Related topics

2 Muncie churches selected as ‘Sacred Places Indiana’ sites

June 21, 2017

MUNCIE, Ind. (AP) — Indiana Landmarks has selected two historic churches in the heart of Muncie as “Sacred Places Indiana” sites.

The former Main Street United Methodist Church and Grace Episcopal Church are among 19 congregations statewide that the historic preservation organization is training to raise funds — “not the traditional fish-fry model” — and to “harness their houses of worship for outreach and growth.”

Just three years ago, The Star Press reported that the average age of members of Main Street UMC, now known as The Garden at Main Street, was 82, and that attendance at Sunday services was down to 15 to 20 members.

“They were shrinking and aging rapidly,” violinist Deborah Malitz, who lives in a historic house next door to the church, said on Monday. “The (East Central) neighborhood had been concerned about that church for years. We need that anchor.”

The national non-profit group Partners for Sacred Places, based in Philadelphia, calls churches “de facto community centers” that provide meeting space for community groups, social services, educational programs, art events, and countless hours of volunteer time.

Main Street UMC, in the historic East Central Neighborhood, was saved from eternal rest by The Garden at Gethsemane, a Methodist Church on McGalliard Road.

“We adopted that church two years ago,” lead Pastor Vickie Perkins said this week. “We thought they needed us. We found out very quickly that Garden at Gethsemane needed them . They knew more about Jesus than we could ever have imagined. They are desperate for Jesus.”

Garden at Main Street provides outreach to community members who include drug addicts, alcoholics, prostitutes and the homeless. “They’re desperate for Christ,” Perkins said. “They know who they are and they don’t have to put on airs like so many of us. Garden at Gethsemane had lost our purpose and focus. We had turned inward like many churches in Muncie.”

Attendance at Garden at Main Street on Sundays now averages 80 adults, including millenials, and 20 children.

The revitalized church’s community service includes addiction recovery programming, youth education, a cooling center in summer, a warming center in winter, and free lunches to a crowd numbering 120 to 140 every Sunday.

“It’s not our objective to feed people,” Perkins told The Star Press. “Our objective is to share the love of Jesus and feed them the bread of life.”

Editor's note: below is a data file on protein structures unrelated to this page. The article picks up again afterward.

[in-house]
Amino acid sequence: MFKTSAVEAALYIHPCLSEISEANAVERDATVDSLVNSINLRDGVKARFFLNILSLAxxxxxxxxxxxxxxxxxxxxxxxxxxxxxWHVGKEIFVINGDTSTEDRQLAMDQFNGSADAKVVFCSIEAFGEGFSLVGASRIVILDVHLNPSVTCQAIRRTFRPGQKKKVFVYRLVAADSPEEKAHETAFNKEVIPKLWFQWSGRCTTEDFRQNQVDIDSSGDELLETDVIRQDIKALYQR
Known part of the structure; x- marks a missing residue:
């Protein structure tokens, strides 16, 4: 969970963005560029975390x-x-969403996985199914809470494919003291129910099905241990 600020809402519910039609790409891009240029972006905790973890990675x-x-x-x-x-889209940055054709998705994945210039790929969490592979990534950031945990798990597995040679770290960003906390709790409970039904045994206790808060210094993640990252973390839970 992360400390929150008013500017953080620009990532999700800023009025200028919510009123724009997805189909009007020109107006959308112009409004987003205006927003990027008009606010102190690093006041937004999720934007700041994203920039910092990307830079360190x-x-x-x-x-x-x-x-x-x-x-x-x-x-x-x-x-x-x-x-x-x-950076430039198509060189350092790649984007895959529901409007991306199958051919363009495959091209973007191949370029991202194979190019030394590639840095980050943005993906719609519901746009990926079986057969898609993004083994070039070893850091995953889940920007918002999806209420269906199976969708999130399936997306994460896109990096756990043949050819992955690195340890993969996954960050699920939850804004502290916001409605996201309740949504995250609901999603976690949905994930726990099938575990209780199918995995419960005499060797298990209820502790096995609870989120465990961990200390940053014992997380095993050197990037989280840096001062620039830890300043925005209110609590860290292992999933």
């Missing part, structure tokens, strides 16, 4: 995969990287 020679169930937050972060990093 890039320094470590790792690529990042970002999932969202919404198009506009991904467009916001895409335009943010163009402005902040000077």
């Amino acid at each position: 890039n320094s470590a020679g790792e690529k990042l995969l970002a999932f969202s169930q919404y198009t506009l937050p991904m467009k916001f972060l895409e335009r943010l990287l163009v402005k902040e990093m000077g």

Garden at Main Street leaders have completed “Sacred Places” training to raise money, restore the building, recruit supporters and revitalize the neighborhood.

“We were in the training program for a whole year, a lot of Saturdays,” Perkins said. She and other leaders learned that the church is like a vessel in the community.

“The basement of the vessel can be used as a coffee shop run by people in the neighborhood, for example,” she explained. “So if the vessel is falling apart, if it’s not up to par, if there’s water in the basement, it can’t be used. It has to be a tight ship so it can float. The Garden at Main Street is in need of repairs . We need a capital campaign. Sacred Places helps you look at your vessel and get it in shape so it can be used in the community. Right now we’re not at capacity, but we’re getting there.”

Areas in need of repair include stairs and balconies in addition to the basement.

The church has applied to Sacred Places for a $5,000 grant to hire an architect to assess the church’s condition.

“It’s an incredible little jewel box of a church,” said David Frederick, director of Sacred Places Indiana, which he says “is not a grant program. It’s a building-stewardship and capacity-building training program with a small, competitive, capital-grants component to it.”

The Garden at Main Street was selected for the training because of its vision for community outreach, energetic leadership, a desire to deepen community connections, significant financial need, and openness to raising funds in new ways.

Frederick called the church “an incredible turnaround model” for others. “It’s an incredible place both architecturally as well as the story they have to tell.” Construction of the church was completed in 1912.

It is topped with a dome-shaped cupola.

Rev. Perkins calls the turnaround a “resurrection.”

“The light in the dome was turned off in 1960,” Perkins said. “It was turned back on again last year. When the light is on at night, you can see it throughout the neighborhood. It has been a place of refuge since 1912, a beacon of light and hope in that neighborhood. In 1960 we lost our vision. But Main Street once again has a light. We call it a resurrection. It’s alive. It’s amazing what God has done. Glory to God.”

Grace Episcopal Church in downtown Muncie, near McDonald’s, was among churches selected for training this year. Garden at Main Street was in last year’s group. A third group of eight to 10 churches will be chosen later.


The (Muncie) Star Press, http://tspne.ws/2stJUCG


Information from: The Star Press, http://www.thestarpress.com

Update hourly